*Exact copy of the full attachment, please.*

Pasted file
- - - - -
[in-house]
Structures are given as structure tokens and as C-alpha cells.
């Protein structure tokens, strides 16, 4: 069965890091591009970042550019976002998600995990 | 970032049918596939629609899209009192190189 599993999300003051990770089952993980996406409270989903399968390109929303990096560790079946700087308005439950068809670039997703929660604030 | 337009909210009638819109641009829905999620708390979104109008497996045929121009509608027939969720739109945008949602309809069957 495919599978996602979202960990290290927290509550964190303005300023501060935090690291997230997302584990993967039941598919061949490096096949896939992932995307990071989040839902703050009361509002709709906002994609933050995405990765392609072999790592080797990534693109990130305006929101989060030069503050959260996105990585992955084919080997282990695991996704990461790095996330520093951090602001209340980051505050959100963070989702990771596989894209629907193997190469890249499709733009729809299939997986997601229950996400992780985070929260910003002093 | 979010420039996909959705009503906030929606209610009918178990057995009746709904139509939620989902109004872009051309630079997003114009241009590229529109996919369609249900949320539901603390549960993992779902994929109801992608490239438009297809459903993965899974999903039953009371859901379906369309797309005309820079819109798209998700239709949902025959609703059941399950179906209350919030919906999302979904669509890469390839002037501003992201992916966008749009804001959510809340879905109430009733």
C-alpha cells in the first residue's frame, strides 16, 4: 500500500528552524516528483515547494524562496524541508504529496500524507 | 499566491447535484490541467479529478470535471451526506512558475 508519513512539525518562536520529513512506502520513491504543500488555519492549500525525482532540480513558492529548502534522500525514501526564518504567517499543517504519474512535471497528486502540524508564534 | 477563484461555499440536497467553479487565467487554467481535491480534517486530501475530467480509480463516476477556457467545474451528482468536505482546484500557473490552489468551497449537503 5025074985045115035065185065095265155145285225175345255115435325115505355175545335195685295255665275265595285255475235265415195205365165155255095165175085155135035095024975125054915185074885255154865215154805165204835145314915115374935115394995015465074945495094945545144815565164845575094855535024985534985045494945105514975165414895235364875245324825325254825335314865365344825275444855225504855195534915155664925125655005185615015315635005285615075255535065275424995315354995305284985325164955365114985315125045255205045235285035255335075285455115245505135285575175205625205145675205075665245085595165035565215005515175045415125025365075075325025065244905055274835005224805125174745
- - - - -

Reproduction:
[in-house]
Structures are given as structure tokens and as C-alpha cells.
């Protein structure tokens, strides 16, 4: 069965890091591009970042550019976002998600995990 | 970032049918596939629609899209009192190189 599993999300003051990770089952993980996406409270989903399968390109929303990096560790079946700087308005439950068809670039997703929660604030 | 337009909210009638819109641009829905999620708390979104109008497996045929121009509608027939969720739109945008949602309809069957 495919599978996602979202960990290290927290509550964190303005300023501060935090690291997230997302584990993967039941598919061949490096096949896939992932995307990071989040839902703050009361509002709709906002994609933050995405990765392609072999790592080797990534693109990130305006929101989060030069503050959260996105990585992955084919080997282990695991996704990461790095996330520093951090602001209340980051505050959100963070989702990771596989894209629907193997190469890249499709733009729809299939997986997601229950996400992780985070929260910003002093 | 979010420039996909959705009503906030929606209610009918178990057995009746709904139509939620989902109004872009051309630079997003114009241009590229529109996919369609249900949320539901603390549960993992779902994929109801992608490239438009297809459903993965899974999903039953009371859901379906369309797309005309820079819109798209998700239709949902025959609703059941399950179906209350919030919906999302979904669509890469390839002037501003992201992916966008749009804001959510809340879905109430009733």
C-alpha cells in the first residue's frame, strides 16, 4: 500500500528552524516528483515547494524562496524541508504529496500524507 | 499566491447535484490541467479529478470535471451526506512558475 508519513512539525518562536520529513512506502520513491504543500488555519492549500525525482532540480513558492529548502534522500525514501526564518504567517499543517504519474512535471497528486502540524508564534 | 477563484461555499440536497467553479487565467487554467481535491480534517486530501475530467480509480463516476477556457467545474451528482468536505482546484500557473490552489468551497449537503 5025074985045115035065185065095265155145285225175345255115435325115505355175545335195685295255665275265595285255475235265415195205365165155255095165175085155135035095024975125054915185074885255154865215154805165204835145314915115374935115394995015465074945495094945545144815565164845575094855535024985534985045494945105514975165414895235364875245324825325254825335314865365344825275444855225504855195534915155664925125655005185615015315635005285615075255535065275424995315354995305284985325164955365114985315125045255205045235285035255335075285455115245505135285575175205625205145675205075665245085595165035565215005515175045415125025365075075325025065244905055274835005224805125174745